Ontario’s universities are advising the province against a request by the province’s colleges that they be allowed to offer stand-alone nursing degree programs.
“Some time ago, the province agreed that patient care had become so complex that nurses needed research, theory, critical thinking and practice in order to be prepared,” Bonnie M. Patterson, President and CEO of the Council of Ontario Universities, said today.
“As a result, the government made a policy decision to move to collaborations between universities and colleges. This collaboration continues to bring benefits to thousands of students, postsecondary institutions, and Ontario’s health care system.”
Recently, consultants examining the college proposal for stand-alone nursing degree programs on behalf of the province urged caution, concluding that it could not assess fully whether colleges are ready to offer such programs given the need for quality assurance, and noting the potential negative consequences of breaking up the collaborations.
The government has invested heavily in a collaborative approach to nursing education, and switching away from a system that is working would produce an unnecessary financial burden on a province working to eliminate its deficit.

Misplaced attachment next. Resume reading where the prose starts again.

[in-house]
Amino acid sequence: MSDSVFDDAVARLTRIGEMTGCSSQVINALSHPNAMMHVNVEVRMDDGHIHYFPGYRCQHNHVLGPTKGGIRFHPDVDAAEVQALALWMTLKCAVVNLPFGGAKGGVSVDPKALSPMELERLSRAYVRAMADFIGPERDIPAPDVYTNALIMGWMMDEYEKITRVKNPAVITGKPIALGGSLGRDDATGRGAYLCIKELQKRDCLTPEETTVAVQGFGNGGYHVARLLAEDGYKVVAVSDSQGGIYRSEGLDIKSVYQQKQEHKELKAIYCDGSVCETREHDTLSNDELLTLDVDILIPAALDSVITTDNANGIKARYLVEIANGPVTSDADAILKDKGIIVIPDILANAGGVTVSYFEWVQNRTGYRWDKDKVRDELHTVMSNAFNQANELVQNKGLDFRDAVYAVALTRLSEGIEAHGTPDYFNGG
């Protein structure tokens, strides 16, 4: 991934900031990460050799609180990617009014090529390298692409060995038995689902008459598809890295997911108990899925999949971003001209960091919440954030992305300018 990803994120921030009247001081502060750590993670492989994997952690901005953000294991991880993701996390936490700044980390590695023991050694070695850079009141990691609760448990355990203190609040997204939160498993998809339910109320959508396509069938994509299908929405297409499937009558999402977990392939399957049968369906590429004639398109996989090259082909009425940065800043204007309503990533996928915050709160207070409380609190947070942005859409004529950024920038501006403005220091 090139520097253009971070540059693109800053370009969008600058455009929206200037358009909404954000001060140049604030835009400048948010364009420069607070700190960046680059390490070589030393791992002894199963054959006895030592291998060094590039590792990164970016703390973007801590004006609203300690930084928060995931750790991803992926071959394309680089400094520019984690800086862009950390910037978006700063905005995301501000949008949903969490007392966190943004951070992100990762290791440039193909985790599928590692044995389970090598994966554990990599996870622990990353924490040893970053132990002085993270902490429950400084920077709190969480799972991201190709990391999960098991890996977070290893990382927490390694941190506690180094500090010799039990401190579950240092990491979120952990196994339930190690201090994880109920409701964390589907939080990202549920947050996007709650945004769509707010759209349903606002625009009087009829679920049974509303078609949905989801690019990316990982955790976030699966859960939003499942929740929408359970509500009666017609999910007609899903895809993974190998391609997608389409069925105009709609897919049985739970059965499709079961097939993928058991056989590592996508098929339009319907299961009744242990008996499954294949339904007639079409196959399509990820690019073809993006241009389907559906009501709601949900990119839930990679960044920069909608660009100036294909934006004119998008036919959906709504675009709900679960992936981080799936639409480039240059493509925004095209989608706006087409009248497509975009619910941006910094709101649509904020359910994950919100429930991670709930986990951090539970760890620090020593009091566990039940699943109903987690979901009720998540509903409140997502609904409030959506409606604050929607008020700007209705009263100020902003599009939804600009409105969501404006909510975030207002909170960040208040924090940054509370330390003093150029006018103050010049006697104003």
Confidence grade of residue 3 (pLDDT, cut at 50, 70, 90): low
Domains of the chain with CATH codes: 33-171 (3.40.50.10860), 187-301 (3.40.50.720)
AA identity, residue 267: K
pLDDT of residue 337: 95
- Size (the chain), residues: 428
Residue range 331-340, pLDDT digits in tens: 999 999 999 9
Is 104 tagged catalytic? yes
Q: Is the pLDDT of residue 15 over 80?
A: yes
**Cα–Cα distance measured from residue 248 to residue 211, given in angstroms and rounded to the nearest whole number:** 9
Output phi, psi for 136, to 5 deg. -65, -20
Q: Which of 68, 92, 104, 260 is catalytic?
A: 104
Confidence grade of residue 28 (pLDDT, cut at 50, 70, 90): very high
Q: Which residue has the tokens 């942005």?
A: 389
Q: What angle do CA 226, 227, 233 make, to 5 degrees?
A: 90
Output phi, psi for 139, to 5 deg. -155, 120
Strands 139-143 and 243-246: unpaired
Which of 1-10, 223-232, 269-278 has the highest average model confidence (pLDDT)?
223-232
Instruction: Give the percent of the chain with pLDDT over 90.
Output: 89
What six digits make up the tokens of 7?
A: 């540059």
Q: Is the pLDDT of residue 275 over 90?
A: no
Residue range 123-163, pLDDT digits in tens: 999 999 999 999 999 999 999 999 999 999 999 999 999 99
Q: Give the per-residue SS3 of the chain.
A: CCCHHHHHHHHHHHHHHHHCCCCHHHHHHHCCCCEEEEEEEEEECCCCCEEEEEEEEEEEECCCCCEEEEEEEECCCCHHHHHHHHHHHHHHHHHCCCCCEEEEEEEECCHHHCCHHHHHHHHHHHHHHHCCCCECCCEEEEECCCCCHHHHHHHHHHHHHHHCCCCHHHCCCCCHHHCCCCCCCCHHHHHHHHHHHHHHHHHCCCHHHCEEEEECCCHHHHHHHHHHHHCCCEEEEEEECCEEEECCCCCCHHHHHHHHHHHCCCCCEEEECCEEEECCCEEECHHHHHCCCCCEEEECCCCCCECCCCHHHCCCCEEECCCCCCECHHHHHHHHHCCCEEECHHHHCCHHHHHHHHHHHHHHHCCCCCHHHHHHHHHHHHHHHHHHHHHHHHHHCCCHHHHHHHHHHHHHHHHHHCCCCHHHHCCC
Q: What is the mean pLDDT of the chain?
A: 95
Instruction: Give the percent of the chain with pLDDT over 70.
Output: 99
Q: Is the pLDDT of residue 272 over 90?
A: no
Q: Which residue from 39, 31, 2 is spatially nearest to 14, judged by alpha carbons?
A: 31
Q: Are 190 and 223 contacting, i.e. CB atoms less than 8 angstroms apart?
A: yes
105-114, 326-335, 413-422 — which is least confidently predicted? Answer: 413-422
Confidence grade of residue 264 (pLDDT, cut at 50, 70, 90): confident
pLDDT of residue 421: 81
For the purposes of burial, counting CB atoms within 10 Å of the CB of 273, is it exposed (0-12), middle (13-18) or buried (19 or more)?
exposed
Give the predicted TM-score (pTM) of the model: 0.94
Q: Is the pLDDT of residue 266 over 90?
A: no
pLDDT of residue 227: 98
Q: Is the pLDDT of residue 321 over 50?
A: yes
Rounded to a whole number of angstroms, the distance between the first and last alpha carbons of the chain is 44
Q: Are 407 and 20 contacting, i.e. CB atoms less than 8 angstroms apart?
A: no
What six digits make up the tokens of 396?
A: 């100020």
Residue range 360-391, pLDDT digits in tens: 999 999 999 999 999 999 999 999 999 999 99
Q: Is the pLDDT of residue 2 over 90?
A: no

Ontario already graduates almost 4,000 nurses a year, and accrediting more programs and increasing enrolment would make it difficult to find enough clinical placements at a time when placements are already hard to find.
“Our universities are deeply committed to making collaborations work well for students, nurses and their patients, and we encourage colleges to continue to work in partnerships with us,” says Patterson.
Last year – at the province’s request – Ontario’s colleges and universities successfully negotiated a series of mandate agreements with the province that clearly demonstrated the distinctive opportunities they offer students. Offering stand-alone nursing degree programs at universities and at colleges is inconsistent with the province’s goals of differentiation to build on institutions’ respective strengths, to avoid duplication of programs, and to support collaboration across the postsecondary sector.
COU is a membership organization of 21 publicly assisted universities in Ontario. It works closely with the provincial and federal governments to shape public policies that help universities deliver high-quality programs for students and advance the research and innovation that improves the social, cultural and economic well-being of Ontarians.
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